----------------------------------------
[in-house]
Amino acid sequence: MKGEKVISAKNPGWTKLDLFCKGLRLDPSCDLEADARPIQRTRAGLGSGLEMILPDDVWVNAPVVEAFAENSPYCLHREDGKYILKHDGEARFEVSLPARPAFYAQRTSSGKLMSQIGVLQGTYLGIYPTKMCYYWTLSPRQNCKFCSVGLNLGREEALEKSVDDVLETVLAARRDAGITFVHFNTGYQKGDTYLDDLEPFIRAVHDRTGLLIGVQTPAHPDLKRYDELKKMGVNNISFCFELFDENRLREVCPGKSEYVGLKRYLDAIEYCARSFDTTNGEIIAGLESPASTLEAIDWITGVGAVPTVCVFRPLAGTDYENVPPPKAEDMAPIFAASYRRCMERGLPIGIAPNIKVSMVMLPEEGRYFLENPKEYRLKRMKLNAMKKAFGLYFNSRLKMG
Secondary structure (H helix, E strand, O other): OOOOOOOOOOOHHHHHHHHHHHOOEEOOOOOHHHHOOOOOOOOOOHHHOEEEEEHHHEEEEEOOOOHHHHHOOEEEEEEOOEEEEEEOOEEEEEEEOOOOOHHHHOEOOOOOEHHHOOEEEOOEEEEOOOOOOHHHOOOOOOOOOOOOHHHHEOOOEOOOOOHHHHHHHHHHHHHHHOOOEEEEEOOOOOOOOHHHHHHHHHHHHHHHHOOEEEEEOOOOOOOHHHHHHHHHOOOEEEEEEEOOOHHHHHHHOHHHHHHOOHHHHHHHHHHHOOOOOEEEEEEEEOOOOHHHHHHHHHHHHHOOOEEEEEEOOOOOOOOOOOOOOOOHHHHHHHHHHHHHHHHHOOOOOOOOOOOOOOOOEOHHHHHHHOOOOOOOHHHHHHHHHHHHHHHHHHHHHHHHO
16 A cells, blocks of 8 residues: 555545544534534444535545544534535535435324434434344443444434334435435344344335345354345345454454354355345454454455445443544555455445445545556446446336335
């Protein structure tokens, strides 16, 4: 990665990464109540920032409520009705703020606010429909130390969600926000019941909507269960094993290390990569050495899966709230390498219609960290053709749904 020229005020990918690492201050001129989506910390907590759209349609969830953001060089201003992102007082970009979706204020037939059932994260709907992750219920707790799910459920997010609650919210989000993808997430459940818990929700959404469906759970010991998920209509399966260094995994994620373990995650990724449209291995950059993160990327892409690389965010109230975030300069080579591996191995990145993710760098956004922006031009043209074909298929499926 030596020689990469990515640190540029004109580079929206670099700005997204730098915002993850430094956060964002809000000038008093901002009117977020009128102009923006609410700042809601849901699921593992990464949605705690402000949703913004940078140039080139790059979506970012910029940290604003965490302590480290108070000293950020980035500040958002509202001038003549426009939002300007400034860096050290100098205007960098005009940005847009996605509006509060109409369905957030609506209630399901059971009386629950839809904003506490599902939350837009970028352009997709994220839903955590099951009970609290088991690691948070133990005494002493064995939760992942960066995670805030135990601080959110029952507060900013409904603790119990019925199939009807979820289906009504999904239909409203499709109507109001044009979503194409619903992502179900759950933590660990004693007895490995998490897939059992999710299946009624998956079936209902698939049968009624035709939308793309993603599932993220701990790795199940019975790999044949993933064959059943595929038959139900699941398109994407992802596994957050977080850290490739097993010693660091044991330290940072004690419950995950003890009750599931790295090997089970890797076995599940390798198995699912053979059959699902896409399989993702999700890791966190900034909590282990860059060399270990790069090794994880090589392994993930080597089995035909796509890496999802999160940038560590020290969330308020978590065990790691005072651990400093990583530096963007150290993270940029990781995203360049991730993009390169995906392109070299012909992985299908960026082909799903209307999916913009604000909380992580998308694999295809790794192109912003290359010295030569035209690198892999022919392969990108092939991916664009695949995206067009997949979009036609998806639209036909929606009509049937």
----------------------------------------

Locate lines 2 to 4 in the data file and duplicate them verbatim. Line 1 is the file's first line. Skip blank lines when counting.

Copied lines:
Amino acid sequence: MKGEKVISAKNPGWTKLDLFCKGLRLDPSCDLEADARPIQRTRAGLGSGLEMILPDDVWVNAPVVEAFAENSPYCLHREDGKYILKHDGEARFEVSLPARPAFYAQRTSSGKLMSQIGVLQGTYLGIYPTKMCYYWTLSPRQNCKFCSVGLNLGREEALEKSVDDVLETVLAARRDAGITFVHFNTGYQKGDTYLDDLEPFIRAVHDRTGLLIGVQTPAHPDLKRYDELKKMGVNNISFCFELFDENRLREVCPGKSEYVGLKRYLDAIEYCARSFDTTNGEIIAGLESPASTLEAIDWITGVGAVPTVCVFRPLAGTDYENVPPPKAEDMAPIFAASYRRCMERGLPIGIAPNIKVSMVMLPEEGRYFLENPKEYRLKRMKLNAMKKAFGLYFNSRLKMG
Secondary structure (H helix, E strand, O other): OOOOOOOOOOOHHHHHHHHHHHOOEEOOOOOHHHHOOOOOOOOOOHHHOEEEEEHHHEEEEEOOOOHHHHHOOEEEEEEOOEEEEEEOOEEEEEEEOOOOOHHHHOEOOOOOEHHHOOEEEOOEEEEOOOOOOHHHOOOOOOOOOOOOHHHHEOOOEOOOOOHHHHHHHHHHHHHHHOOOEEEEEOOOOOOOOHHHHHHHHHHHHHHHHOOEEEEEOOOOOOOHHHHHHHHHOOOEEEEEEEOOOHHHHHHHOHHHHHHOOHHHHHHHHHHHOOOOOEEEEEEEEOOOOHHHHHHHHHHHHHOOOEEEEEEOOOOOOOOOOOOOOOOHHHHHHHHHHHHHHHHHOOOOOOOOOOOOOOOOEOHHHHHHHOOOOOOOHHHHHHHHHHHHHHHHHHHHHHHHO
16 A cells, blocks of 8 residues: 555545544534534444535545544534535535435324434434344443444434334435435344344335345354345345454454354355345454454455445443544555455445445545556446446336335